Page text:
The first instinct with something old in Mumbai is either to tag it as heritage and therefore immobilise it for posterity or to break it down and build something shiny and new in its place. Actually, the first happens usually when the old thing is a structure from the colonial times and the second happens to everything else.
Which is why the use of Mehboob Studios in Bandra for a variety of purposes — other than film-making — is significant and maybe even salutary. Cities get their identity — even their soul if you want to get fanciful — by growing with the times and using spaces to suit different times and needs. It is not always necessary to tear everything down and start again (especially if all you can think of is one more shopping mall or office complex).
Let’s go back to Mehboob Studios. As film shooting has shifted to Goregaon’s Film City, most old and historic studios in Mumbai have closed down and just vanished. It’s as if they never existed at all and this means that we have lost our connection to something which is intrinsically Mumbai. We parade Bollywood to the world as a major factor in the ‘India Story” but ignore what’s happening to its history in our backyard.
The last few months have seen Mehboob Studios being used as venue for renowned artist Anish Kapoor’s works and this weekend for a music festival. It is a charming place and the use of the existing infrastructure for varied uses is innovative and exemplary. Using the space for art and performances allows it to remain alive and also keeps us grounded in our history at the same time. How about if the history of the studio is also displayed along with whatever is going on. As it happens, the Dev Anand 1961 starrer Hum Dono’s new “rangeen” version which is currently showing in the city was shot at Mehboob Studios, so the connections are all around us.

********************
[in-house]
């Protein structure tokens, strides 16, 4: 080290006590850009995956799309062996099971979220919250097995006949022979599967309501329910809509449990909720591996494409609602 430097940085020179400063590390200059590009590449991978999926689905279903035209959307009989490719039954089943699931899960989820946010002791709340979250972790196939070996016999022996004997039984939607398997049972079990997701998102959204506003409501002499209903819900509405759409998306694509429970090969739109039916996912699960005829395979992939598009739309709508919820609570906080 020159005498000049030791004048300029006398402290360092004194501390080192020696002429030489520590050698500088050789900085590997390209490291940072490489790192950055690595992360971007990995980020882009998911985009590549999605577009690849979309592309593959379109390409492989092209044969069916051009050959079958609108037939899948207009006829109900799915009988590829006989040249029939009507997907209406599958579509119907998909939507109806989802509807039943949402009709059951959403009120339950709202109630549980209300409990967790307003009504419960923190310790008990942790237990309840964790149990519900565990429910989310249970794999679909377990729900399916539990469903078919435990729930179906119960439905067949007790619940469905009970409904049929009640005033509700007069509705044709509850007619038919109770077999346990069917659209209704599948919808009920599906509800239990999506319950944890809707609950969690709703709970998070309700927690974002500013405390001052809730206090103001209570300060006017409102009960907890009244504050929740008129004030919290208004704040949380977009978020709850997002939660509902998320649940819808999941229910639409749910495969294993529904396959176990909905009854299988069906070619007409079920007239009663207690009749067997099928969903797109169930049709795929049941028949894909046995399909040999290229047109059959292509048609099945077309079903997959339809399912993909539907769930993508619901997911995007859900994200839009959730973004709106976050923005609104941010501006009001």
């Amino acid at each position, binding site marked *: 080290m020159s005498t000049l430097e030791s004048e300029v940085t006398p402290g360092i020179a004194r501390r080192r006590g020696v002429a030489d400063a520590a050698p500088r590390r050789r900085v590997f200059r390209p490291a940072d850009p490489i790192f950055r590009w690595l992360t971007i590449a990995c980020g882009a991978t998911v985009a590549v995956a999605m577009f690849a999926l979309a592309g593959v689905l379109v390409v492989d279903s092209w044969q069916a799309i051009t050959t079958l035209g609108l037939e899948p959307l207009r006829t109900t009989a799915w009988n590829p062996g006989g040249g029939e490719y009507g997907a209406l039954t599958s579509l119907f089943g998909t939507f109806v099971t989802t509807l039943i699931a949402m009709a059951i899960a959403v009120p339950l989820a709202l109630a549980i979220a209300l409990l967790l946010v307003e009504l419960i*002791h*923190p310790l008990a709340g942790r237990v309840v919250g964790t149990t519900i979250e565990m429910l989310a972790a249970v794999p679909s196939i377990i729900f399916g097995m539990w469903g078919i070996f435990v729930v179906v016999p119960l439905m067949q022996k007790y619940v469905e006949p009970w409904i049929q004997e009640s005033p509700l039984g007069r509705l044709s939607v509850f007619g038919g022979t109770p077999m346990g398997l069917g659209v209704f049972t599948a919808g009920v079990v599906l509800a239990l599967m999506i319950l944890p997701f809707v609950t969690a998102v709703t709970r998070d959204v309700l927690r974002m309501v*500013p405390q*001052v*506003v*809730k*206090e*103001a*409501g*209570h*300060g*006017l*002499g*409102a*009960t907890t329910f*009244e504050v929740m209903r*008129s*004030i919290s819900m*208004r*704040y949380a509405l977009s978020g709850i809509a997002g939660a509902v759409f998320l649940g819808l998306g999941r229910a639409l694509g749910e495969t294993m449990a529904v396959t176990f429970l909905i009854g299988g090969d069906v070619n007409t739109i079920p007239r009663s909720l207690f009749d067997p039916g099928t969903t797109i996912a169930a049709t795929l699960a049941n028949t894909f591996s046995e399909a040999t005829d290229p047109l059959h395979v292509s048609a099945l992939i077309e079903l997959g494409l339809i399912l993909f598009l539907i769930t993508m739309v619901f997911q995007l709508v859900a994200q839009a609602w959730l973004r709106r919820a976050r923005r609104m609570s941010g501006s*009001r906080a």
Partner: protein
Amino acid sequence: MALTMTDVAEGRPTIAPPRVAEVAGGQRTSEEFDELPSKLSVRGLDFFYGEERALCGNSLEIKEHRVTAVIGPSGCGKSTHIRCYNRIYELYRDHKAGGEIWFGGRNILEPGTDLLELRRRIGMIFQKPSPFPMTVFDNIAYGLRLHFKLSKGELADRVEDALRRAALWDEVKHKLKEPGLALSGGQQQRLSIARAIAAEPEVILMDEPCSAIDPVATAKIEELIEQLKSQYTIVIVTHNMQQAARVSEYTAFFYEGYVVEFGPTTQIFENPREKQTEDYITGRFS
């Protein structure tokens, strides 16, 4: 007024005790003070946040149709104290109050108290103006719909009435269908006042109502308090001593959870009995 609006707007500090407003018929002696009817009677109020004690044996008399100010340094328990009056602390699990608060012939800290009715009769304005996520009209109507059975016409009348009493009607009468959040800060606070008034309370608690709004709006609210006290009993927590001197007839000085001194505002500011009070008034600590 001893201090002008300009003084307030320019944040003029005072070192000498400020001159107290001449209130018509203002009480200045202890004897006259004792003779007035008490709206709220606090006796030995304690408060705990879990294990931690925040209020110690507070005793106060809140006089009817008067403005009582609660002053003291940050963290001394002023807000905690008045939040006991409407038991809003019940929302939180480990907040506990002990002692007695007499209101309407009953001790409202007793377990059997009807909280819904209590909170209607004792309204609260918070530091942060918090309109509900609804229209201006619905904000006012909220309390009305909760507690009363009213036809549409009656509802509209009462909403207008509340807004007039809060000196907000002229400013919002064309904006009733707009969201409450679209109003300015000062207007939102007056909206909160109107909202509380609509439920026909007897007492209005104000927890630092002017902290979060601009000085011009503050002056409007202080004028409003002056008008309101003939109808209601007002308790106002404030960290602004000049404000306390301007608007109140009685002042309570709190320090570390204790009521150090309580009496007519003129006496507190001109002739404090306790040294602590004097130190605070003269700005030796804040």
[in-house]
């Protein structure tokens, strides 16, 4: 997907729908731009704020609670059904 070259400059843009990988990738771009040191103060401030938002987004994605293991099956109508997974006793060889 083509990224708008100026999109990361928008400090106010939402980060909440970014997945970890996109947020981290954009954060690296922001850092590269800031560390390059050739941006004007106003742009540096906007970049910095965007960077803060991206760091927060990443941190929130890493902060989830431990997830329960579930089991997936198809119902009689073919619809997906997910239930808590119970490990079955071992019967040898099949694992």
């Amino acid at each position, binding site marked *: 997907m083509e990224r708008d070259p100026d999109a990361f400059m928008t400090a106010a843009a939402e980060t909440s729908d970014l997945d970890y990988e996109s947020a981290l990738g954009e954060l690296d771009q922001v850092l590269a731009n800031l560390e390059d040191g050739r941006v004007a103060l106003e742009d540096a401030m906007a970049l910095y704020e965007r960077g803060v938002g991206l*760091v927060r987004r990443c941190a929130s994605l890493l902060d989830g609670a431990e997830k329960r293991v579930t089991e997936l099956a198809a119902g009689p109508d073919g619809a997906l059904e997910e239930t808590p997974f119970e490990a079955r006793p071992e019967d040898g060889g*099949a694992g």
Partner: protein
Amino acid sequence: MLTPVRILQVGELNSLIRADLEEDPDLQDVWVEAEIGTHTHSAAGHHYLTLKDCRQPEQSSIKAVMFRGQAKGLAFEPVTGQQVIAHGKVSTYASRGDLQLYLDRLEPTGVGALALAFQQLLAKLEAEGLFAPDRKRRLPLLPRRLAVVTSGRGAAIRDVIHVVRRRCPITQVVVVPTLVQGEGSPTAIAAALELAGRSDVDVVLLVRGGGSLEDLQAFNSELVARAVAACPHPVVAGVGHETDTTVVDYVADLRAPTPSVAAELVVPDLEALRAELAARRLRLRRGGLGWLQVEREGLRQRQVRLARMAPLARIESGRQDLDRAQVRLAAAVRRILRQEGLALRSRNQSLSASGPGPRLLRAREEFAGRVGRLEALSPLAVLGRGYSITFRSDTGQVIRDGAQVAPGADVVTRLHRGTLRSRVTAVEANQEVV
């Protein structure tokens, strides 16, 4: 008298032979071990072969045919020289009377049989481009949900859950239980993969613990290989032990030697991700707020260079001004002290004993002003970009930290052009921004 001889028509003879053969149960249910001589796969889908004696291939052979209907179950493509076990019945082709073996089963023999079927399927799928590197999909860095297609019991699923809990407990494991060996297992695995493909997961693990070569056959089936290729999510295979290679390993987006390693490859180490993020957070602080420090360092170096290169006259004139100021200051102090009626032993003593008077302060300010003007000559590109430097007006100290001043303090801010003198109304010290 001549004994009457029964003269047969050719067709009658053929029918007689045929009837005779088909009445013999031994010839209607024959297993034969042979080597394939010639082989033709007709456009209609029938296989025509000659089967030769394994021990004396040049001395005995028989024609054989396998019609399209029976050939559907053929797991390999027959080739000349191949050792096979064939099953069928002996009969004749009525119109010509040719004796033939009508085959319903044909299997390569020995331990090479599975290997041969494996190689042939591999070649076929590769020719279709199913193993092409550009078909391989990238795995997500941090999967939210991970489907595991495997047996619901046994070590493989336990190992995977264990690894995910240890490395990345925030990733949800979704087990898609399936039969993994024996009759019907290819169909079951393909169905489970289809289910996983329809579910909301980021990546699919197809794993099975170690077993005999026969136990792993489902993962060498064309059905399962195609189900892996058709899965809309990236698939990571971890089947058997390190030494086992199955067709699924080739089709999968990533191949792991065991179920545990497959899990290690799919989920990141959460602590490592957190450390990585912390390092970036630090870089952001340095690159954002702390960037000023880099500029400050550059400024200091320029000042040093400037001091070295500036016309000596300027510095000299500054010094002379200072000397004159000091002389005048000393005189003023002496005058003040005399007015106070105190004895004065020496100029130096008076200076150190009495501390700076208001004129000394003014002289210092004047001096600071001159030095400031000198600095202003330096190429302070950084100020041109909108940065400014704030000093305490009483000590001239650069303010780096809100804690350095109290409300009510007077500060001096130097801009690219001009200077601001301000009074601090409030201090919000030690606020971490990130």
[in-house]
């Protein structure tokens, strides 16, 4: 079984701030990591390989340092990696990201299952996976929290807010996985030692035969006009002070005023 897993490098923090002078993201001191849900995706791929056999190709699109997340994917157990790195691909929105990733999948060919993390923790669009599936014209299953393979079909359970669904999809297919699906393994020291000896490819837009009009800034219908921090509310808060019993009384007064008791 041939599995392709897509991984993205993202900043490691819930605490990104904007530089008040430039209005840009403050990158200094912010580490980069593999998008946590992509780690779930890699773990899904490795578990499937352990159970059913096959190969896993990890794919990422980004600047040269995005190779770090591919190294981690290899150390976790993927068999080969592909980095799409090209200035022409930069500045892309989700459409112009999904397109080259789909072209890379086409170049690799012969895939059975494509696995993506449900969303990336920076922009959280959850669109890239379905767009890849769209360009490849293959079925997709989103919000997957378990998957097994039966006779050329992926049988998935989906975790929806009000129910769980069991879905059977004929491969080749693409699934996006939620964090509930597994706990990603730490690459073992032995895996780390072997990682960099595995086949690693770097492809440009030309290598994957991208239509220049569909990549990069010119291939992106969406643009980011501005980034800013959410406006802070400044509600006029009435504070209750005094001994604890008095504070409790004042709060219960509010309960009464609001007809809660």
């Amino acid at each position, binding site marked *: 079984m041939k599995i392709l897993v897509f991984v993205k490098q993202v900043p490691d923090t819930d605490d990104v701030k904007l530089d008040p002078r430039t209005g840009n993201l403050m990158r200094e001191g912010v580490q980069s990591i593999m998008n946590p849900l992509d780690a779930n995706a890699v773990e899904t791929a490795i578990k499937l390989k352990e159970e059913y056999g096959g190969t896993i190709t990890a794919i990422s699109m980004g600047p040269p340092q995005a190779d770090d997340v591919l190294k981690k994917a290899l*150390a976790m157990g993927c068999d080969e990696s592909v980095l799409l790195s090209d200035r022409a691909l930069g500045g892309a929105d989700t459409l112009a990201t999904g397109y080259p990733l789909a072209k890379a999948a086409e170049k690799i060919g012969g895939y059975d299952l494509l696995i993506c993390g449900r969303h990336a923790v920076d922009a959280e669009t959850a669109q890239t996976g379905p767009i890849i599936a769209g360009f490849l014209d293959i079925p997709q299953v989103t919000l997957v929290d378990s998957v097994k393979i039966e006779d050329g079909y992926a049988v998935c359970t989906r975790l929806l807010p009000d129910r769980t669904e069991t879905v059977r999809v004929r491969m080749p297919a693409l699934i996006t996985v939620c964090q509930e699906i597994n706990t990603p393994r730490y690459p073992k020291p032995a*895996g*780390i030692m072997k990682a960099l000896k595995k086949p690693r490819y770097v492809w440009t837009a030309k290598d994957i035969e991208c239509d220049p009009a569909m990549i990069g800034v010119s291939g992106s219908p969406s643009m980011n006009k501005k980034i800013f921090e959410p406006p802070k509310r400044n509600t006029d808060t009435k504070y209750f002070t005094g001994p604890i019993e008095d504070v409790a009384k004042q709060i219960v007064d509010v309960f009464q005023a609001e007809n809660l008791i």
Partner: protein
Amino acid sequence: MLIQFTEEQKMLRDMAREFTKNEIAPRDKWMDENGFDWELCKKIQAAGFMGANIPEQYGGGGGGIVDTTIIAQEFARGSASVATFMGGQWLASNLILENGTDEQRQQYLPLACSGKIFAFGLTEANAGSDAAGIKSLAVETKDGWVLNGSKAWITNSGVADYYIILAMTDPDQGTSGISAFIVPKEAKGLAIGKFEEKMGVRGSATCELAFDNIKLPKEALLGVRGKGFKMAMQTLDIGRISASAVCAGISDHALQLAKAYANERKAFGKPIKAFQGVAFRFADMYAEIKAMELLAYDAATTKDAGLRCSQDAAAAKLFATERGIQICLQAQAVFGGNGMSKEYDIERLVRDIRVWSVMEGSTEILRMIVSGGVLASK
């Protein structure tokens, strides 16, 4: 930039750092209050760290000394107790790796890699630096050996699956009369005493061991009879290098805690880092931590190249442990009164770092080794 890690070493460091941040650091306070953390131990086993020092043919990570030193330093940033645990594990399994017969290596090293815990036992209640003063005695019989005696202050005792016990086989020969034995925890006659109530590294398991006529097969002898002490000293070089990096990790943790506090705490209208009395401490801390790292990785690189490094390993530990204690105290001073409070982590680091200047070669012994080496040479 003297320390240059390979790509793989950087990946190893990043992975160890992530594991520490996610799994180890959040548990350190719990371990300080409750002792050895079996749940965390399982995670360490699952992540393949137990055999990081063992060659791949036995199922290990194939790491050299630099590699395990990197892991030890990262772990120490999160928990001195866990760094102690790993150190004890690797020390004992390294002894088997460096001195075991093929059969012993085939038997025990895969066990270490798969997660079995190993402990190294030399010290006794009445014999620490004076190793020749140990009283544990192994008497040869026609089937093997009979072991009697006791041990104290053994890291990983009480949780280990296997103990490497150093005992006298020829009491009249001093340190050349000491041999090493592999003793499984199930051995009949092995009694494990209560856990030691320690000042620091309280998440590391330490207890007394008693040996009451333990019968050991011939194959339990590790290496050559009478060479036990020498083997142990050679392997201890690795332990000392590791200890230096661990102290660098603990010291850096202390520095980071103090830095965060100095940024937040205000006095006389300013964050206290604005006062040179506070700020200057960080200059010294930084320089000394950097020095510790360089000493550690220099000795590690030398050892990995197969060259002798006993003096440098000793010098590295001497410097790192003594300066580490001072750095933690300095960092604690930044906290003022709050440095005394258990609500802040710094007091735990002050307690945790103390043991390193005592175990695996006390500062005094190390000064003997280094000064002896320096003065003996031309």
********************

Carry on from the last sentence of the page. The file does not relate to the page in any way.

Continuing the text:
And in these times when we are all so exercised about our entitlement to our sense of identity, it is refreshing to just focus instead on our sense of connection.
However, if Mehboob Studios is to develop further as a cultural meeting point, it needs to upgrade with a cafeteria, a souvenir shop and more spaces for public use. Accessibility is also a factor and here I mean social not geographical. An observation on the blues festival which finished this weekend might help. The tickets were not cheap — Rs2,000 a night for two and a half acts and Rs3,000 for both night. At the venue, the bar sold only expensive alcohol, averaging at Rs300 for a small shot. No wine or beer. So already, you have eliminated a section of the population which might have wanted to appreciate, savour or even learn about a form of music — originally sung by poor African-Americans incidentally — and impoverished the rest.
Oddly, the only food available was from a coffee shop chain, which didn’t quite blend with single malt. Not so oddly, the rich and famous of Mumbai who will not leave their houses unless they are “invited” to “events” got free food and booze.
If Mumbai is to think of growing and becoming “world class” (what a sad mantra), we need more such venues but we need to think more inclusively and publicly.